The gluten-free grain considered to have the greatest potential is quinoa. In the overseas countries studied for the project, it was most consistently mentioned by retailers as the health grain whose products are most often sought. Coeliac societies in a number of the countries also made specific reference to quinoa. The same applied in Australia. Amaranth and buckwheat were the next most commonly mentioned gluten-free grains in Australia. Spelt—whilst technically a wheat and thus not part of the study—was also often mentioned.
Implications for relevant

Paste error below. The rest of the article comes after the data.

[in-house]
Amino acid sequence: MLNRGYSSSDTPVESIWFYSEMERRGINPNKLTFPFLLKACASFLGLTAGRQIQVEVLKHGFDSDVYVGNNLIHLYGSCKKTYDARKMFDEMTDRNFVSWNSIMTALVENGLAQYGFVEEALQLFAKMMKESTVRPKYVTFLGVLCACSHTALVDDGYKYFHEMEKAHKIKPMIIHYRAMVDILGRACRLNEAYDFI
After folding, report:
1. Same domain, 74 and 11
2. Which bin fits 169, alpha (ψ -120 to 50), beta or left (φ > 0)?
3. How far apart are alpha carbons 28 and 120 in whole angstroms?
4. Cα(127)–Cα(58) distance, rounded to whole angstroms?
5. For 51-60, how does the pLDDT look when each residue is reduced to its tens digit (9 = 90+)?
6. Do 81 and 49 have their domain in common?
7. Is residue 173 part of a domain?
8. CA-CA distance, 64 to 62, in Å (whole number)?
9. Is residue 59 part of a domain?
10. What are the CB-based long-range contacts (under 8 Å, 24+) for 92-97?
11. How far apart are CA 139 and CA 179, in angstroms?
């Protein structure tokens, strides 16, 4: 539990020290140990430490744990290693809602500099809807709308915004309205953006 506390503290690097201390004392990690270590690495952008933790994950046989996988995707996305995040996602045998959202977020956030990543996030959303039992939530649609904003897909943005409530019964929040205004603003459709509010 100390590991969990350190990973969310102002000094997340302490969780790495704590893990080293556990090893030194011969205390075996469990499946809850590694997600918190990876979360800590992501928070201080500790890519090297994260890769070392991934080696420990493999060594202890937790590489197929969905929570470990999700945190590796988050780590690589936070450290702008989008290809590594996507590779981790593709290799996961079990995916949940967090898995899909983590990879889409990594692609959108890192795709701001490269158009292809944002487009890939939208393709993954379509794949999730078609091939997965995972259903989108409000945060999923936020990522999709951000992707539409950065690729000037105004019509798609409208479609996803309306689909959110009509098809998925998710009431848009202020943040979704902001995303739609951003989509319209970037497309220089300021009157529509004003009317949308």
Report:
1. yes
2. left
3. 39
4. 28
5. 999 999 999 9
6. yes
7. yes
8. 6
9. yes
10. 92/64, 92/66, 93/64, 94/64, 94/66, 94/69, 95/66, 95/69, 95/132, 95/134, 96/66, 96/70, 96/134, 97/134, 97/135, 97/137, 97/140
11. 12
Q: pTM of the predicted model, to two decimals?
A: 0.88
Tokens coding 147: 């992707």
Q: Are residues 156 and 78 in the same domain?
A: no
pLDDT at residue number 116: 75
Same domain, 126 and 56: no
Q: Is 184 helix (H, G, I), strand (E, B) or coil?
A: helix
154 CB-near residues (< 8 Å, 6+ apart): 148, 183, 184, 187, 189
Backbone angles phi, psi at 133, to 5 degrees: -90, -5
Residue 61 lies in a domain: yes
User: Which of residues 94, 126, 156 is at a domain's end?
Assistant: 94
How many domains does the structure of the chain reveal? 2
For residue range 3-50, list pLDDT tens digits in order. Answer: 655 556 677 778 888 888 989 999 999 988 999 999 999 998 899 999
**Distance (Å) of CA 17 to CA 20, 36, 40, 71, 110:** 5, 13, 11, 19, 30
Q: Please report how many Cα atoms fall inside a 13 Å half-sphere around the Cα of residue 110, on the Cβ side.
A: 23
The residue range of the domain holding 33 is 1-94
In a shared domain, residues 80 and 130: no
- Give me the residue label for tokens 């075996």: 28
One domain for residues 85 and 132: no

Three other gluten-free grains were excluded from the study—corn, rice and soy. In addition, glutenfree starch from potatoes, which is readily available, was excluded. Producers of the seven identified health grains must be aware that production from any one of these four alternative sources dwarfs the health grains’ combined production. More than half the Australian food manufacturers interviewed for the project mentioned using at least two of the alternative products. Overall, corn starch and potato starch were the most favoured non–health grain sources of gluten-free ingredients. Provided they do not contain any other gluten-containing products, products made from the health grains could readily be declared gluten free. This is not happening in Australia and overseas because of concerns about litigation.